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An opinionated way to manage Ansible projects
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README.md

puppeteer

An opinionated way to manage your Ansible projects.

A portion of this image was sourced from Author Dooder - Freepik.com

Installation

pip install --user git+https://github.com/haani-niyaz/puppeteer.git

Motivation

Git is a powerful tool but managing environments as 'branches' in my experience can quickly become non trivial. A better way is the Github git flow. Combined with the alternative style of setting up your repository structure provides a straight forward and simple workflow to manage your Ansible projects.

Benefits

  • Less time spent fighting configuration drift between branches.
  • Follow a human friendly process instead of relying on git command flows e.g: git cherry-pick to bring across specific changes from one branch to another.
  • Master branch is protected from inheriting broken changes; Anything in the master branch is deployable.
  • Rolling back is quick and easy; zero code touch since we deploy from our stable master branch.
  • Etc.

Where does puppeteer fit in?

puppeteer is designed to enable the methodology described above and provides shortcuts to easily conform to this workflow.

Quick Start

Setup

Add a .puppeteer.yml file to your ansible repo. An example is provided below:

# Mandatory to provide environments
control_repo:
  # List of environments in 'environments' directory.
  # If sub directories exist, seperate them with '/' i.e: 'aws/dev'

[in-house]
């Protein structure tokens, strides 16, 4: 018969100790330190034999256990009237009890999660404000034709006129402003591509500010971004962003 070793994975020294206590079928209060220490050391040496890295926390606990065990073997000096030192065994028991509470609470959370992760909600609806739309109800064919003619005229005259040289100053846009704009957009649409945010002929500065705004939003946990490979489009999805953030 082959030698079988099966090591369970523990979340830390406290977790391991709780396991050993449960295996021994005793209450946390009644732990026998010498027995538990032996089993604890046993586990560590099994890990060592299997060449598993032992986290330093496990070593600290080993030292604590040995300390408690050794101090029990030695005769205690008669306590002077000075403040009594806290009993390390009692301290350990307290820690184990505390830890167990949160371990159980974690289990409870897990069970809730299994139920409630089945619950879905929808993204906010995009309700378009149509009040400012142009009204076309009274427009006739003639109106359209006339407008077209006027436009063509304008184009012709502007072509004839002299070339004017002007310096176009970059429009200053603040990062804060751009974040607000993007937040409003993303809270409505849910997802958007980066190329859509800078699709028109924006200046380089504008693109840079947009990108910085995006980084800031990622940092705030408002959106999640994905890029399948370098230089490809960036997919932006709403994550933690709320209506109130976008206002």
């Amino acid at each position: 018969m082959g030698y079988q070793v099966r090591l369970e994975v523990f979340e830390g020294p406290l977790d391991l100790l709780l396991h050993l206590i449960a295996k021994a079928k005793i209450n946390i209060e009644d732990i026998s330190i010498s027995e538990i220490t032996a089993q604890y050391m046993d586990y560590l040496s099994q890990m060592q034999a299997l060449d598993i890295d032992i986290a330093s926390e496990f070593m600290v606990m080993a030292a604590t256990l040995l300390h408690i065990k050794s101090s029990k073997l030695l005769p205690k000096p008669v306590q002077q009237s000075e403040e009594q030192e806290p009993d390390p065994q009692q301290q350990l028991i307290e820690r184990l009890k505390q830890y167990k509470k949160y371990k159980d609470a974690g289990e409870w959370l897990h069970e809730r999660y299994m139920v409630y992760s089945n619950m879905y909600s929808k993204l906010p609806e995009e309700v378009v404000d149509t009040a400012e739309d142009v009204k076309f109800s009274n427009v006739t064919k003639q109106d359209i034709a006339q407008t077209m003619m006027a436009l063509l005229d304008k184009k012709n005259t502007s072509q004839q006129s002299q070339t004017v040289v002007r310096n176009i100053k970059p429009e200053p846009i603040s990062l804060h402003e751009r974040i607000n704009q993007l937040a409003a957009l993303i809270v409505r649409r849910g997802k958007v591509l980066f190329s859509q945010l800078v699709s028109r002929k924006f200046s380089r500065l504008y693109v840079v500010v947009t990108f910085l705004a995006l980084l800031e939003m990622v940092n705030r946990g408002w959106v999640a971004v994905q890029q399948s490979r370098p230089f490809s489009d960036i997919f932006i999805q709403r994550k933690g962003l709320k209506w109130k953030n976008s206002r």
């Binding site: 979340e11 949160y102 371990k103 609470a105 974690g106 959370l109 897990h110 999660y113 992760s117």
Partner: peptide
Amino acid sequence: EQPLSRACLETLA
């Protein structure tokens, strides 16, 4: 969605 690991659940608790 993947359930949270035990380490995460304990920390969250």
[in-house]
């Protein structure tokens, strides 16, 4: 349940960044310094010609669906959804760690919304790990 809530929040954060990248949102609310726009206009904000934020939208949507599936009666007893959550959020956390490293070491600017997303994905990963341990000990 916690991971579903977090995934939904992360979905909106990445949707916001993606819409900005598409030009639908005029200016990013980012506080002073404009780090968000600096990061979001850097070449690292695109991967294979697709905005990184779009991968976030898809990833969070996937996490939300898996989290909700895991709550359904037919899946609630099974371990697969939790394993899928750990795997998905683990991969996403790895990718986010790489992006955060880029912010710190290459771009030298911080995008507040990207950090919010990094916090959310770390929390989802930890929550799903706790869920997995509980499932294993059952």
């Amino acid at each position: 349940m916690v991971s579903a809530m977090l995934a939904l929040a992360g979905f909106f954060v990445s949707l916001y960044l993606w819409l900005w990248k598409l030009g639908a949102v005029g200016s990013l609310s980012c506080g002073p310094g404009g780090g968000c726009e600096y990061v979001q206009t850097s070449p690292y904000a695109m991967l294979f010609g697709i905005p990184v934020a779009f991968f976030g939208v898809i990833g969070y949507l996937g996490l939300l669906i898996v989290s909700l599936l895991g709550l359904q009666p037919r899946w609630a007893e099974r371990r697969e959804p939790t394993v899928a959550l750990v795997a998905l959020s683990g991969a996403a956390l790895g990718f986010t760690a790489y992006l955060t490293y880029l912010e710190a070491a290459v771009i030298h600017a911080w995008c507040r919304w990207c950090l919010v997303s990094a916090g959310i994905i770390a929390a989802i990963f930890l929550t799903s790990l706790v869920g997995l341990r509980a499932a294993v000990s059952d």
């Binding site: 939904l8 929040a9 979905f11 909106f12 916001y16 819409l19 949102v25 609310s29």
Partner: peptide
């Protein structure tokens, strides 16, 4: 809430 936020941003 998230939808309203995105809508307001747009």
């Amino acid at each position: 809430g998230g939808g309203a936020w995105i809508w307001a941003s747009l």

environments:
   - dev
   - test
   - staging
   - prod
  # Override inventory file name if required. default is 'inventory.ini'
  inventory_file_name: 'inventory'

# Optionally add config to your ansible.cfg file
ansible_config:
  defaults:
    host_key_checking: False
    callback_whitelist: 'profile_tasks'
    roles_path: 'roles'
  ssh_connection:
    pipelining: True
    control_path: '/tmp/ansible-ssh-%%h-%%p-%%r'

Available Commands

$ puppeteer --help

usage: puppeteer [-h] [-v] [sub-command] ...

Utility to manage Ansible workflow

optional arguments:
  -h, --help     show this help message and exit
  -v, --version  show program's version number and exit

sub commands:
  [sub-command]  -h, --help
    tag-role     update version in requirements.yml file
    dev-role     develop and test role locally against a target environment
    list-roles   list all roles requirements.yml file
    fetch-roles  fetch roles
    init         generate layout for a new project or reinitialize an existing
                 project
    set-config   generate ansible.cfg file
    show-config  show ansible.cfg file
    deploy       all in one action to fetch roles and generate ansible.cfg
                 file

Puppeteer in Action

Create Project

To begin using puppeteer a .puppeteer.yml file must exist in your project's root directory. This file contains a list of mandatory environments to initialize the puppeteer cli. Ansible settings should also be added to this file if required.

Let's begin by creating the .puppeteer.yml file with 3 environments and an optional Ansible parameter:

$ mkdir project
$ cat >> .puppeteer.yml << EOF
control_repo:
  environments:
   - dev
   - test
   - prod   
ansible_config:
  defaults:
    host_key_checking: False
EOF

ansible.cfg

puppeteer dynamically generates the ansible.cfg file and most notably updates the inventory path. This allows you to run ansible-playbook sample.yml instead of ansible-playbook -i environments/dev/inventory.ini sample.yml since the target environment is already updated in ansible.cfg file.

Now you can proceed to initialize your project:

$ puppeteer init
+ Initializing environments..
✓ Done.

The init sub-command will generate an environments directory with the following structure:

environments
├── dev
│   ├── group_vars
│   ├── host_vars
│   ├── inventory.ini
│   ├── requirements.yml
│   └── roles
├── prod
│   ├── group_vars
│   ├── host_vars
│   ├── inventory.ini
│   ├── requirements.yml
│   └── roles
└── test
    ├── group_vars
    ├── host_vars
    ├── inventory.ini
    ├── requirements.yml
    └── roles